As the granddaughter of a West Indian immigrant, the daughter of a single mother and socialist of the internationalist feminist variety with a deep aversion for anything small ‘c’ conservative, I was never Blue Labour’s target audience. The initial murmurings, as much as I disagreed with them, I dismissed as a bunch of male, pale & stales dreaming about creating some sort of Darling Buds of May utopia. However, a line was crossed with Glasman’s comments on immigration over summer. He may have backtracked and Blue Labour distanced themselves from him but further investigation shows this was no one-off. Glasman earlier stated that migrants to Britain should not have equal footing. Before I’m accused of misquoting, here’s the full quote from Glasman’s interview with our comrades at Progress:
‘There have to be ways of honouring the common life of people who come [as immigrants],’ he believes, but it also not the case that ‘everyone who comes is equal and has an equal status with people who are here.’

At best, this is very Animal Farm.

When immigrants are bashed it’s not the rich who are targeted; not Brazilian footballers, Swiss bankers or American film stars. No, they are attacks on working class migrants. The same migrants who are forced into low paid, poorly regulated employment, live in squalid overcrowded accommodation; the victims of the harshest realities of global capitalism. These workers are the human cost of a market which venerates profit at the expense of people. It was this brutality of capitalism and the inevitable exploitation of workers that led to the creation of our party. Anyone from a left perspective condemning these same workers is absurd as it attacks our raison d’etre. Maybe Glasman could explain but when did solidarity start only extending as far as your nation’s borders?

The terrorist attacks in Norway showed that the far-right in Europe has not been defeated and still lingers on the fringes of our communities. Not only can the Left not be complacent about this threat but we cannot concede any ground on the immigration debate to the right whatsoever. This shows us how wrong Glasman’s comments were. Wrong and dangerous. Any talk denouncing immigration and de facto our vulnerable migrant communities justifies the far right’s bigotry and fuels their hate.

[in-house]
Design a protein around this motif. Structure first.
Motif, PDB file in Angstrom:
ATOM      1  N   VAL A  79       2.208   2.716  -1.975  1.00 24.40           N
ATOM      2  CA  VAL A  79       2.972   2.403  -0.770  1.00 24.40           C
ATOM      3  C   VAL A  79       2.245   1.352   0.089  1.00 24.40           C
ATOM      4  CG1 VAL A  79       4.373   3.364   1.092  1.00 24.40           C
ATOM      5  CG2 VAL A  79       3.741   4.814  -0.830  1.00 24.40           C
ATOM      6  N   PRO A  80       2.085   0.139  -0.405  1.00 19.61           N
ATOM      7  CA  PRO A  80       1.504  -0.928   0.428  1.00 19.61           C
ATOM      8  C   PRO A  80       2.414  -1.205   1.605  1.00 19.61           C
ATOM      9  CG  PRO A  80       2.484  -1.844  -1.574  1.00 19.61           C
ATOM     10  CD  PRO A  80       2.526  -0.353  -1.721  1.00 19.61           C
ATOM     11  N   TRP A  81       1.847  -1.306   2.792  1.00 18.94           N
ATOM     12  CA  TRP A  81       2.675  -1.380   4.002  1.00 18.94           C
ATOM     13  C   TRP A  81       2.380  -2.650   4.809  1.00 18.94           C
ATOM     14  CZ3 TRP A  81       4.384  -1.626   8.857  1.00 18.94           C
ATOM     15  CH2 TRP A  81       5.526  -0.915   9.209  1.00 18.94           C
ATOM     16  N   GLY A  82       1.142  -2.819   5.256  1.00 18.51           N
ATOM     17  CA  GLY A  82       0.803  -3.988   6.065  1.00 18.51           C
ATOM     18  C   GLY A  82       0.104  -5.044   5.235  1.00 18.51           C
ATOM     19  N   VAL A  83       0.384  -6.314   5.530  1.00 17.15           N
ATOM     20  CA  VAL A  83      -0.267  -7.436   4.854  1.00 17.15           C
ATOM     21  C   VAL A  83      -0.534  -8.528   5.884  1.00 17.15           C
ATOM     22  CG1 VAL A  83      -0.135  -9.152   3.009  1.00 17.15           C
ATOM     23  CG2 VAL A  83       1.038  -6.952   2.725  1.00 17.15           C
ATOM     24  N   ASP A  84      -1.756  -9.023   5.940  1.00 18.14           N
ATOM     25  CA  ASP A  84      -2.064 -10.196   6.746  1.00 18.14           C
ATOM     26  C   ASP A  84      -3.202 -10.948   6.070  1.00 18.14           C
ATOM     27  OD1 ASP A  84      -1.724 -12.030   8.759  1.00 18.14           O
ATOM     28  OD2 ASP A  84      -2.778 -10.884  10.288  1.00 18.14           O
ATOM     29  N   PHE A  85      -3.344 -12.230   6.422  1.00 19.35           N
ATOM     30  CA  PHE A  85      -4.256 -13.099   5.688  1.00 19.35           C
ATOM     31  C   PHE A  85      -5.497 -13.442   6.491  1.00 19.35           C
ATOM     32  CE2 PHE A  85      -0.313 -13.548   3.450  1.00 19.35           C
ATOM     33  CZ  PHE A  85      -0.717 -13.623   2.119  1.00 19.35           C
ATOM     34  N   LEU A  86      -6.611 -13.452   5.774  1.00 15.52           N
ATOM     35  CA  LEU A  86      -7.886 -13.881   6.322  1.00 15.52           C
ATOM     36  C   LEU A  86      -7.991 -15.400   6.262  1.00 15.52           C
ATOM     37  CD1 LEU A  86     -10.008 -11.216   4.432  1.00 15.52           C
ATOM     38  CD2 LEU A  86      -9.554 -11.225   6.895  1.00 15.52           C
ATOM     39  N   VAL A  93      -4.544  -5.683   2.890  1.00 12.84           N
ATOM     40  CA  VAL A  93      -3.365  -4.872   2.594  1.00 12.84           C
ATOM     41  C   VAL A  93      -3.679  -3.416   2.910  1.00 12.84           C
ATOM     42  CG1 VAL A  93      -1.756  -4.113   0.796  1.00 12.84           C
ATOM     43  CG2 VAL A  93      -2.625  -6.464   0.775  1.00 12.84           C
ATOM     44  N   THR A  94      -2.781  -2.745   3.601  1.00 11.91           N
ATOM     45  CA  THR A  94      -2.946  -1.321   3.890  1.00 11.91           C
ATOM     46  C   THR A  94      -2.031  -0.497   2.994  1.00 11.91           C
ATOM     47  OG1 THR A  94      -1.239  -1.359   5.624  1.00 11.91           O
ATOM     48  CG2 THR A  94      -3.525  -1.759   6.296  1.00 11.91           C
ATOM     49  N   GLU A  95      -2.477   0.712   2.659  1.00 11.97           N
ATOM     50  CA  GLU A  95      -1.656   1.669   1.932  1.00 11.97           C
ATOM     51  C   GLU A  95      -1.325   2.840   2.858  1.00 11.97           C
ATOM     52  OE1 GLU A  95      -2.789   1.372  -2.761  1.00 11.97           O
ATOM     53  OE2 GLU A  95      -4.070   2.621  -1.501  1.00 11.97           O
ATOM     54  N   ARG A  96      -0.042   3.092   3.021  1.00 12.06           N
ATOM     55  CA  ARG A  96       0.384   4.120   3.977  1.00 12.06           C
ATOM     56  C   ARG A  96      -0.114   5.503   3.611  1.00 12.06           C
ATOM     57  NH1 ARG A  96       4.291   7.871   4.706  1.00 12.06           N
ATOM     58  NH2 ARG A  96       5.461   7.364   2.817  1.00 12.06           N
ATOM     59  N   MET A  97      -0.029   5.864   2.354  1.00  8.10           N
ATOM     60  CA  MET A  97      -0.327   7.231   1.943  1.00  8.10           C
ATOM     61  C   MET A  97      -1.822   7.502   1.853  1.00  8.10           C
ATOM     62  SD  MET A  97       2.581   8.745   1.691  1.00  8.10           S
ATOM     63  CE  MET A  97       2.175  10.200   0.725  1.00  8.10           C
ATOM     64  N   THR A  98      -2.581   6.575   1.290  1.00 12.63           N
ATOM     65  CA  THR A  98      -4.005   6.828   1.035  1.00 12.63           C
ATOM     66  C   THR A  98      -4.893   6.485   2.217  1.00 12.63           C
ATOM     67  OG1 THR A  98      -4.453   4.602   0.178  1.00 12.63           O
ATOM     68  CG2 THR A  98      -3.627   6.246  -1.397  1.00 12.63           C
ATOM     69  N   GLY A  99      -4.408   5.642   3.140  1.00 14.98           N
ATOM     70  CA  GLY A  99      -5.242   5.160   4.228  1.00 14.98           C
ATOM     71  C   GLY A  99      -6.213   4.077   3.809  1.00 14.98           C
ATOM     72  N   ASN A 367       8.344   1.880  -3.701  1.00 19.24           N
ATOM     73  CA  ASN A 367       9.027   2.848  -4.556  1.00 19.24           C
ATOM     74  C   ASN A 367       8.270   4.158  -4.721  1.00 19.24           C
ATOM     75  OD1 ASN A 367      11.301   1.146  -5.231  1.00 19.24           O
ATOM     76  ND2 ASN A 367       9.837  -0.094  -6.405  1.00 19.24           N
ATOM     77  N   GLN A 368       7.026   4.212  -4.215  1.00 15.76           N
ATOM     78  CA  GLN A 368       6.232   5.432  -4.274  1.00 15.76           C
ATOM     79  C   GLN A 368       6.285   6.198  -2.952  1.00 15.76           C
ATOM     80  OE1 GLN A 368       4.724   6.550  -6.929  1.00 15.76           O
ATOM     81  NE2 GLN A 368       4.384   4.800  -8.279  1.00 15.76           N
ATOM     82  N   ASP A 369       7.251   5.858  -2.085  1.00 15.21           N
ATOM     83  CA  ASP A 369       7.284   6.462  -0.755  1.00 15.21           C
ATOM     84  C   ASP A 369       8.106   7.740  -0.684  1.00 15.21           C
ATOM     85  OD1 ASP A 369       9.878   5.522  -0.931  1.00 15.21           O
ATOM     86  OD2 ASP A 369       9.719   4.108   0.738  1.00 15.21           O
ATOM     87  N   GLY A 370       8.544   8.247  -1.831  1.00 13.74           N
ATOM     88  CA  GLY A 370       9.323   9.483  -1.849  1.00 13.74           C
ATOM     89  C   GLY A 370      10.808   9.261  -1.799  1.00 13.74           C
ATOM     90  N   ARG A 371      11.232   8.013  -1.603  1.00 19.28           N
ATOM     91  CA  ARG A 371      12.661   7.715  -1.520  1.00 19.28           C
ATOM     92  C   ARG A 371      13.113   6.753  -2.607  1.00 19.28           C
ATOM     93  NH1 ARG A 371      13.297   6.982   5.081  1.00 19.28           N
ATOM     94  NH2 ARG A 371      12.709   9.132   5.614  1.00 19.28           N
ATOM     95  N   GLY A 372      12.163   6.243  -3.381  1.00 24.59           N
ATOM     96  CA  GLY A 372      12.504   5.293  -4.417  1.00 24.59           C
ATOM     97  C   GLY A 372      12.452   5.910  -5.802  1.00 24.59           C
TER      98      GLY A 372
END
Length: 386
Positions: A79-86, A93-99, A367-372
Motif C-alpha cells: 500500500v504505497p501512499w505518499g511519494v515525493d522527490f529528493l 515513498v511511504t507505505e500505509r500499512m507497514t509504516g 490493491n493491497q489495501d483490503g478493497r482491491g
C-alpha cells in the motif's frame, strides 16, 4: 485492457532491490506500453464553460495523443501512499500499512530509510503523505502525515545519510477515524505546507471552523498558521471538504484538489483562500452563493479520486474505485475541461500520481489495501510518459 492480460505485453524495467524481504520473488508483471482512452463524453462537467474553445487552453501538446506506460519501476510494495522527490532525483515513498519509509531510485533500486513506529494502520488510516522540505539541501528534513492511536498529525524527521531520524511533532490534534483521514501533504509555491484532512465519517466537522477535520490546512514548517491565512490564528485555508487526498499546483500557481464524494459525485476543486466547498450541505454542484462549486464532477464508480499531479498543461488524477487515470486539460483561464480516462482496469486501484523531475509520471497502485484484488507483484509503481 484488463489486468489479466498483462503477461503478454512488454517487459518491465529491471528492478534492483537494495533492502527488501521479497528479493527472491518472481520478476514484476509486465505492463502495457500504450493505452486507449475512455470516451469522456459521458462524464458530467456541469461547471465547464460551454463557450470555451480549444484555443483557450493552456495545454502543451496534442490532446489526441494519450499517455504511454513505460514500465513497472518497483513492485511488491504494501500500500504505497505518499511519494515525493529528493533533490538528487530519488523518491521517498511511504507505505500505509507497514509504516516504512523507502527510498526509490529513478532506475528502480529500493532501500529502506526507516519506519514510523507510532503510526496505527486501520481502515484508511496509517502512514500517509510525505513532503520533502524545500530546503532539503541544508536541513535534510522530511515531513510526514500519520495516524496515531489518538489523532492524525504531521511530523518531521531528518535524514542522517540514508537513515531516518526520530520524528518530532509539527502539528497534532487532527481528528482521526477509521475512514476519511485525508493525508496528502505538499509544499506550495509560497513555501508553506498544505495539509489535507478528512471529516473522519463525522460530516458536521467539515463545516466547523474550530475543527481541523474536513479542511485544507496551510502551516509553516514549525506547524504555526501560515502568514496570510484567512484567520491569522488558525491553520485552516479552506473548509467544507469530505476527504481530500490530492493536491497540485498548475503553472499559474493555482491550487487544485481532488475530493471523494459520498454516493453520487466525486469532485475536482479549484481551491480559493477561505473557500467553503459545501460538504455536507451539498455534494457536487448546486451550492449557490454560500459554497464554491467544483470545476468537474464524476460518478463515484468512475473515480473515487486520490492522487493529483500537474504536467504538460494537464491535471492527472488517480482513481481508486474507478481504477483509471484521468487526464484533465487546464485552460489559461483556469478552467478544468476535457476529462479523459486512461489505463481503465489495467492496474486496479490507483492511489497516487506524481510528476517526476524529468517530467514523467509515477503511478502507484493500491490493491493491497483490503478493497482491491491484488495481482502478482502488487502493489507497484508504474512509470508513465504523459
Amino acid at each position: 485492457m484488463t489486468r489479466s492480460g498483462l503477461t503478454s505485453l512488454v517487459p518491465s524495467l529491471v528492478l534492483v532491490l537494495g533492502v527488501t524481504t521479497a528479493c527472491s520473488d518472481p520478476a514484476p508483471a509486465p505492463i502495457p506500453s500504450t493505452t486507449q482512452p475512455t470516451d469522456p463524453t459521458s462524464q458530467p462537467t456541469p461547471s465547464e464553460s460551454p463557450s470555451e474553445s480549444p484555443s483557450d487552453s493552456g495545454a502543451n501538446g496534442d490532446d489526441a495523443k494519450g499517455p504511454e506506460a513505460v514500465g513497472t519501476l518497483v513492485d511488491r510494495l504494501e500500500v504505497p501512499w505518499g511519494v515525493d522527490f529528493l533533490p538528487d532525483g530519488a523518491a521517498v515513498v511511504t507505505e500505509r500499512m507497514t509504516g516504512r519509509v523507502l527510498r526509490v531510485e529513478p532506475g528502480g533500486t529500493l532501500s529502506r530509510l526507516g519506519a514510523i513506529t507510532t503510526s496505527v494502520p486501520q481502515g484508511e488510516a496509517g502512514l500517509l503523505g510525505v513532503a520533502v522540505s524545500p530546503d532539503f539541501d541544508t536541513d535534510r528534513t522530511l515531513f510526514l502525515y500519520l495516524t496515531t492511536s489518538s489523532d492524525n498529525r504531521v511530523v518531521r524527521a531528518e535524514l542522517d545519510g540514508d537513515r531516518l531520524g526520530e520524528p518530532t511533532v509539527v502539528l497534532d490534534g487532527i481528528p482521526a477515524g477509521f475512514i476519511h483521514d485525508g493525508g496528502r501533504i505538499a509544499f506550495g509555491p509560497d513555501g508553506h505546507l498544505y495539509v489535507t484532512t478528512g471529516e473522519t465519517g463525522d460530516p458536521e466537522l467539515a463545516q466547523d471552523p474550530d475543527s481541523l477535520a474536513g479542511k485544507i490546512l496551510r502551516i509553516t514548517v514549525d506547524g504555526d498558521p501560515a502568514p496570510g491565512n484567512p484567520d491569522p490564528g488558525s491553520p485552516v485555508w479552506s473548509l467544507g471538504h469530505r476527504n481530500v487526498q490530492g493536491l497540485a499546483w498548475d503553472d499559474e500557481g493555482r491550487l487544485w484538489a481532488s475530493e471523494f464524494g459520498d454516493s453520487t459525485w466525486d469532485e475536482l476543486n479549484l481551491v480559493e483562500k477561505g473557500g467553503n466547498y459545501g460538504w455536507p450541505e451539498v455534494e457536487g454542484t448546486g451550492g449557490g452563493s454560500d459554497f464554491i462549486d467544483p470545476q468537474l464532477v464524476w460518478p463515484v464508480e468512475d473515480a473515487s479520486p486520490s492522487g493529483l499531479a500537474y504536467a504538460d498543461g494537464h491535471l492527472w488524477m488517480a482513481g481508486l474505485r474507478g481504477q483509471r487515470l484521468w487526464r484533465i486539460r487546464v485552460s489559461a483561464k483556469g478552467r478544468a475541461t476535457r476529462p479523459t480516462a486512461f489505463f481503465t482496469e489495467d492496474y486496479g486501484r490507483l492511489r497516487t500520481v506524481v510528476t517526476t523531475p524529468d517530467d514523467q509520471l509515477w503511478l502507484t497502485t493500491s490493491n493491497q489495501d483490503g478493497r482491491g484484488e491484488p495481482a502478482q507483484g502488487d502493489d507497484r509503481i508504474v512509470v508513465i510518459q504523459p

After the Utøya massacre the Norwegian PM, Jens Stoltenberg, asserted that “more democracy, more openness” was needed to tackle the far right. This is true. However, more solidarity is absolutely fundamental. Solidarity with those communities whose very right to exist within our society is under attack. Our response cannot be to pit communities against each other, worker against worker, neighbour against neighbour in a battle to win votes. Failure to act will allow fear will fester and hate to take hold. Labour should be proud to stand for an inclusive, tolerant, socially just, free society that has no place for bigotry or hate. There can be no ambivalence in Labour’s message on multiculturalism. We need to reiterate our commitment to a racially and religiously diverse multicultural Britain of equals. A society where “we live together, freely, in a spirit of solidarity, tolerance and respect” Sound familiar? It should. It’s on the back of the party membership cards we all signed up to.

It is for this reason, as a proud champion of multicultural Britain, that I am standing for the Block of 14 with the aim of becoming Anti-Racism Officer at London Young Labour’s AGM this Sunday.